Why do we require a sustainable consumption pattern?

That the world population is constantly growing and that we are depleting natural resources (water, soil, minerals etc) faster than ever to fulfill the demand from this population might not feel like news. But that the population is expected to go from about 7 billion to around 9.6 billion by 2050, according to United Nations forecast, puts everything in a new light. In other words, we would require two more planets to supply additional natural resources to maintain the current consumption pattern for our current living requirements. The adverse impacts of our consumption are already pronounced in the nature and environment, but it is still beyond our imagination to discover more planets to supply all the resource requirements for the projected global population.

On our planet we have less than 3% of fresh water to utilize for drinking, cooking, washing and even for running industrial machinery (UN, 2018). What if I told you that 2,5% of this water is contained as ice in the Antarctica, Arctic and glaciers. Feels pretty hard to solve the equation, right?

So, the available fresh water is about 0.5% and still we rely on it for all those purposes previously mentioned. We are consuming this available fresh water faster than the nature can recharge it and the increasing global population means that we will have to feed more people with less water, when more than a billion people do not even have access to fresh water yet.
As if that was not enough, we are polluting the already very limited water resource through our unsustainable consumption pattern.

We are living in the age of plastic. The widespread plastic consumption is posing great threat to the fresh water ecosystem such as rivers and lakes. Researchers have found that about 4 million tonnes of plastic wastes passes through the river water every year globally (GrrlScientist, 2018). Another research investigated that billions of people worldwide are drinking water contaminated with plastic fibers (Carrington, 2017). Through daily debates, social media, news and the European Union’s recent regulations e.g. we are made aware of the severe consequences of our consumption. However, we might not think about other water polluting industries, still hidden in the shadow. For example, the leather industry, which uses various harmful chemicals such as Chromium that are causing water pollution and can cause severe health conditions for the people working in production.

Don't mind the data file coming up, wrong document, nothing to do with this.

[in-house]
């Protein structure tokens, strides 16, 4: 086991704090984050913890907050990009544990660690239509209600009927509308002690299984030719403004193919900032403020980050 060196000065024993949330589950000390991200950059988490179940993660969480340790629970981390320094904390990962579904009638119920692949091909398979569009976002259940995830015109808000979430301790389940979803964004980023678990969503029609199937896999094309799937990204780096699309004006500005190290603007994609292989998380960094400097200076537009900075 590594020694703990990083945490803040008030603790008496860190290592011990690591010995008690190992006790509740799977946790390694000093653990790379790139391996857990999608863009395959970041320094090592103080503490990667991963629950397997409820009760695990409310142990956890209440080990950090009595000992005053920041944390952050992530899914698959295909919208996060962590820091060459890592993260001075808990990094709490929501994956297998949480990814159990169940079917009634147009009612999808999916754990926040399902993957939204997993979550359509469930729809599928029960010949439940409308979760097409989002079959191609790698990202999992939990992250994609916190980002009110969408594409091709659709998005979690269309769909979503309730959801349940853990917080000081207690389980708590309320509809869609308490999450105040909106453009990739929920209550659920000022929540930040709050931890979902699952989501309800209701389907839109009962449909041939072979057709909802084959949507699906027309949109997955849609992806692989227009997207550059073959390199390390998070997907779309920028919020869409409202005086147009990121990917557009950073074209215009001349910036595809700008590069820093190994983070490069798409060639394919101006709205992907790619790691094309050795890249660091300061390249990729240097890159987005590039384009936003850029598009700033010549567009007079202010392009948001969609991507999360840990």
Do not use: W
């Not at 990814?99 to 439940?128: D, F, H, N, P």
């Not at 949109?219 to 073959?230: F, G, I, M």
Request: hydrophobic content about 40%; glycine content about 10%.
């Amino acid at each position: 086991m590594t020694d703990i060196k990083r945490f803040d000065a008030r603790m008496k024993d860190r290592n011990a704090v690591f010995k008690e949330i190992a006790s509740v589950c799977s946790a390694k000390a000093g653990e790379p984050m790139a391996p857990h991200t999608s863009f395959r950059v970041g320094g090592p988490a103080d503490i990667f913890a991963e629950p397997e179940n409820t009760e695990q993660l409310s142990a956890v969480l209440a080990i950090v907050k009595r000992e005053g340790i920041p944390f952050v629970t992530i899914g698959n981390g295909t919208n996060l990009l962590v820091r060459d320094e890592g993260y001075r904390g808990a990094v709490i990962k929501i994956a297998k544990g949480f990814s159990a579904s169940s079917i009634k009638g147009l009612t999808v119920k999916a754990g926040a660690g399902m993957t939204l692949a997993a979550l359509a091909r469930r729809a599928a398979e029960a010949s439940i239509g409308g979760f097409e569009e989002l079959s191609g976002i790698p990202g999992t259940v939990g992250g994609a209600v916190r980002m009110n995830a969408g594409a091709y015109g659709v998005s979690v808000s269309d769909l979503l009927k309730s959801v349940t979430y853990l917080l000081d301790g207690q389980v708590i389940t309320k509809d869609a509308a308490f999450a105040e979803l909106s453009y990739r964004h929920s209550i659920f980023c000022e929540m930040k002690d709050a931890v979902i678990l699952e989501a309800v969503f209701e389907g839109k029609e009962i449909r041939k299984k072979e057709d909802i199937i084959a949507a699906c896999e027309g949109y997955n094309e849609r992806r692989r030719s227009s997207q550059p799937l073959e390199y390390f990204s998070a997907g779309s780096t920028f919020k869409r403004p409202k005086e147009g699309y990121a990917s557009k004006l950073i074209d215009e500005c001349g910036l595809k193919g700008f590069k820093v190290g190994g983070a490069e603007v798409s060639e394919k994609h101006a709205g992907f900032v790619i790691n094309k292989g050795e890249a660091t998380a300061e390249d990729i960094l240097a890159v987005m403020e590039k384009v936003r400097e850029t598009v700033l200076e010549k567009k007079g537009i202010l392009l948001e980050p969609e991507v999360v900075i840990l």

So what can we do about it?

It is the time. Time to replace traditional consumption patterns with sustainable consumption practices to protect our natural resources and environment. The United Nations came to an agreement of 17 global goals to address all the global challenges, including environmental degradation, in 2015 (UN, 2018). One such goal (goal number-12) calls to ensure responsible consumption and production patterns by transforming the way we produce and consume goods and resources. The aim of this goal is to achieve global economic prosperity in such ways that will reduce our ecological footprints and keep our world safe from environmental degradation, faster depletion of natural resources and climate change. Hence, we are observing increasing numbers of governments, businesses and social initiatives that goes in line with this movement. The European Union has decided to ban single use plastic to reduce the plastic contamination (Shoot, 2018) and an increasing number of Start-Ups are also offering environmental friendly services and products around the world.

References:

Shoot, B., 2018. EU parliament votes to ban single-use plastics, including plates, cutlery and straws. Available at http://fortune.com/2018/10/24/eu-ban-single-use-plastic-pollution/. Accessed January 1, 2019.

Carrington, D., 2017. Plastic fibers found in tap water around the world, study reveals. Available at https://www.theguardian.com/environment/2017/sep/06/plastic-fibres-found-tap-water-around-world-study-reveals. Accessed December 24, 2018.

Ayer, D. and Merino, V., 2018. The invisible plastic particle in our drinking water. Available at https://www.earthday.org/2018/03/23/the-invisible-plastic-particles-in-our-drinking-water/. Accessed December 28, 2018.

GrrlScientist, 2018. Microplastics contaminate half of all freshwater insects, study shows. Available at https://www.forbes.com/sites/grrlscientist/2018/09/29/microplastics-contaminate-half-of-all-freshwater-insects-study-shows. Accessed December 29, 2018.

United Nations, 2018. About the sustainable development goals.
https://www.un.org/sustainabledevelopment/sustainable-development-goals/ Accessed December 27, 2018.

United Nations, 2018. Goal 12: Ensure sustainable consumption and production patterns. https://www.un.org/sustainabledevelopment/sustainable-consumption-production/ Accessed December 27, 2018.

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